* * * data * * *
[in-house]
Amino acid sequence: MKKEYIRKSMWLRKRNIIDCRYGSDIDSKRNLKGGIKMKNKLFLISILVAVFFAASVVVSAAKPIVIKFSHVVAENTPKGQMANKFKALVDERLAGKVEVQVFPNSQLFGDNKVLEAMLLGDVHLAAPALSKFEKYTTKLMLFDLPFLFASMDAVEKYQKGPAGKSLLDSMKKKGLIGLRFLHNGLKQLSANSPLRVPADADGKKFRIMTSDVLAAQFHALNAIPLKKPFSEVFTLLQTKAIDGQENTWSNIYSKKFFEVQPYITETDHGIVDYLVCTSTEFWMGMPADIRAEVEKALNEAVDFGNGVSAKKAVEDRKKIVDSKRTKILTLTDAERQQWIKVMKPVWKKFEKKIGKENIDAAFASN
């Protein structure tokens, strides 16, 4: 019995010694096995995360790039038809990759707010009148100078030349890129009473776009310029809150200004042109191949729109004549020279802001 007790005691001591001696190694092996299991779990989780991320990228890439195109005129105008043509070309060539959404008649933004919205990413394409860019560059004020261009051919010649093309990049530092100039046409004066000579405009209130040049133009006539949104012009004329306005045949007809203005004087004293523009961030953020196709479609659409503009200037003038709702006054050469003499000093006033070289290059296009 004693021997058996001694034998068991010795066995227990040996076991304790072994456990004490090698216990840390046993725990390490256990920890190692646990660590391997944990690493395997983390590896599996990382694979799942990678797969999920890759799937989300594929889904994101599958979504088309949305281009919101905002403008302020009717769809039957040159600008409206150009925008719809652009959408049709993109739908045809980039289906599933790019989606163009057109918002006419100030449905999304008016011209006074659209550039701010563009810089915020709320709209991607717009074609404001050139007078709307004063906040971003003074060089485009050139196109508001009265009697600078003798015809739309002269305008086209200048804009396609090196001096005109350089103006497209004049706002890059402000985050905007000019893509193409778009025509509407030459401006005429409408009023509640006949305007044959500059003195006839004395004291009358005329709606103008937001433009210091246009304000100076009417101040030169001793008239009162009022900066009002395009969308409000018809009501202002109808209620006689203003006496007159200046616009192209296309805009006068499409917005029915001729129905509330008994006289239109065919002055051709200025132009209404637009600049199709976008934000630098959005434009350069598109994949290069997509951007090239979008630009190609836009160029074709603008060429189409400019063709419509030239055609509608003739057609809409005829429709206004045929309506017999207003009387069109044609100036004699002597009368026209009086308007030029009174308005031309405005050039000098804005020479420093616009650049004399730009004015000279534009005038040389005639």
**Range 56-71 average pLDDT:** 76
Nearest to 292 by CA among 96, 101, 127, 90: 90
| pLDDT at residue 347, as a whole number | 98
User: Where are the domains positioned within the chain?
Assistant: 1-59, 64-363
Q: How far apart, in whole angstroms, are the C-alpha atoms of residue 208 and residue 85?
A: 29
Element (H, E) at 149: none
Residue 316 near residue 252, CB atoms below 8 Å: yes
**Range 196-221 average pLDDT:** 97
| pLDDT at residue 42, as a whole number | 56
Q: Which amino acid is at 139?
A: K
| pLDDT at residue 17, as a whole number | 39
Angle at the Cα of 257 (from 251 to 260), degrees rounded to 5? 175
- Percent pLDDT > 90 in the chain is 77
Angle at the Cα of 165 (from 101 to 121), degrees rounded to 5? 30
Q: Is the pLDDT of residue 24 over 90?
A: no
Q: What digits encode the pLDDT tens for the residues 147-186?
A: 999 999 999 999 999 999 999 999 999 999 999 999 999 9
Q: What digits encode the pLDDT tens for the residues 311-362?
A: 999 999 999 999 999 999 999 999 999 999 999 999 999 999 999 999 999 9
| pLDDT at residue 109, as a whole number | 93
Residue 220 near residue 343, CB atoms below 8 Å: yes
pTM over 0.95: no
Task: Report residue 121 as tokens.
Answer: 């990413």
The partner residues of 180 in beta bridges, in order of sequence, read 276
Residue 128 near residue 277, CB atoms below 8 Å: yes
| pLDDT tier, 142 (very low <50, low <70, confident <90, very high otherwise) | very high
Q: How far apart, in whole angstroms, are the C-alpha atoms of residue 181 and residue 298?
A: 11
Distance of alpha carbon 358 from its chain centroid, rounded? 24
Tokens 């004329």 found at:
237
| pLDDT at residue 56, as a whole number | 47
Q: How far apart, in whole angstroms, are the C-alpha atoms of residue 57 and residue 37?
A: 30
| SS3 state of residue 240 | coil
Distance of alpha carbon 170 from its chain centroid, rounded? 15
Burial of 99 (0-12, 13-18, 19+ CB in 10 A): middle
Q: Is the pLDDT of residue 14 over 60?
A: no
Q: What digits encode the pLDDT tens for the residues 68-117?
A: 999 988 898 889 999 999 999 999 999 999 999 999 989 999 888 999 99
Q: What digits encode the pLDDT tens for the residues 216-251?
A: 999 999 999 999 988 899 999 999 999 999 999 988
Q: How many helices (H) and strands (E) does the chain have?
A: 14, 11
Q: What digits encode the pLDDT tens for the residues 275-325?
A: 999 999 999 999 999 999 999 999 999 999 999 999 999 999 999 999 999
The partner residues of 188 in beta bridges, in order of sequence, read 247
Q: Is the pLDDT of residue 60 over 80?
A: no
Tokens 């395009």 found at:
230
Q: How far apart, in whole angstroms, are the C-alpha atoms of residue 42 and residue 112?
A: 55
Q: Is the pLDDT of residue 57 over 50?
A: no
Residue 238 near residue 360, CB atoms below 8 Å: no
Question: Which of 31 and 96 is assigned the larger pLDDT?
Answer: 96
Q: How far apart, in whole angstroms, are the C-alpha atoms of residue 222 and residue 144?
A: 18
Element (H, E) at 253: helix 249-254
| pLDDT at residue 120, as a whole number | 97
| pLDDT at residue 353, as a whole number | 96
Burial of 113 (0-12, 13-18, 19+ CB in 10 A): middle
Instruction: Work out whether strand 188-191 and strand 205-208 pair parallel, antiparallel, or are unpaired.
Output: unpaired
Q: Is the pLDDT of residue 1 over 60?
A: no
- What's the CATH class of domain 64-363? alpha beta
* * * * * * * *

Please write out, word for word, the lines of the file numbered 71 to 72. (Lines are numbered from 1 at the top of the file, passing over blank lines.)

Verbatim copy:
| pLDDT at residue 120, as a whole number | 97
| pLDDT at residue 353, as a whole number | 96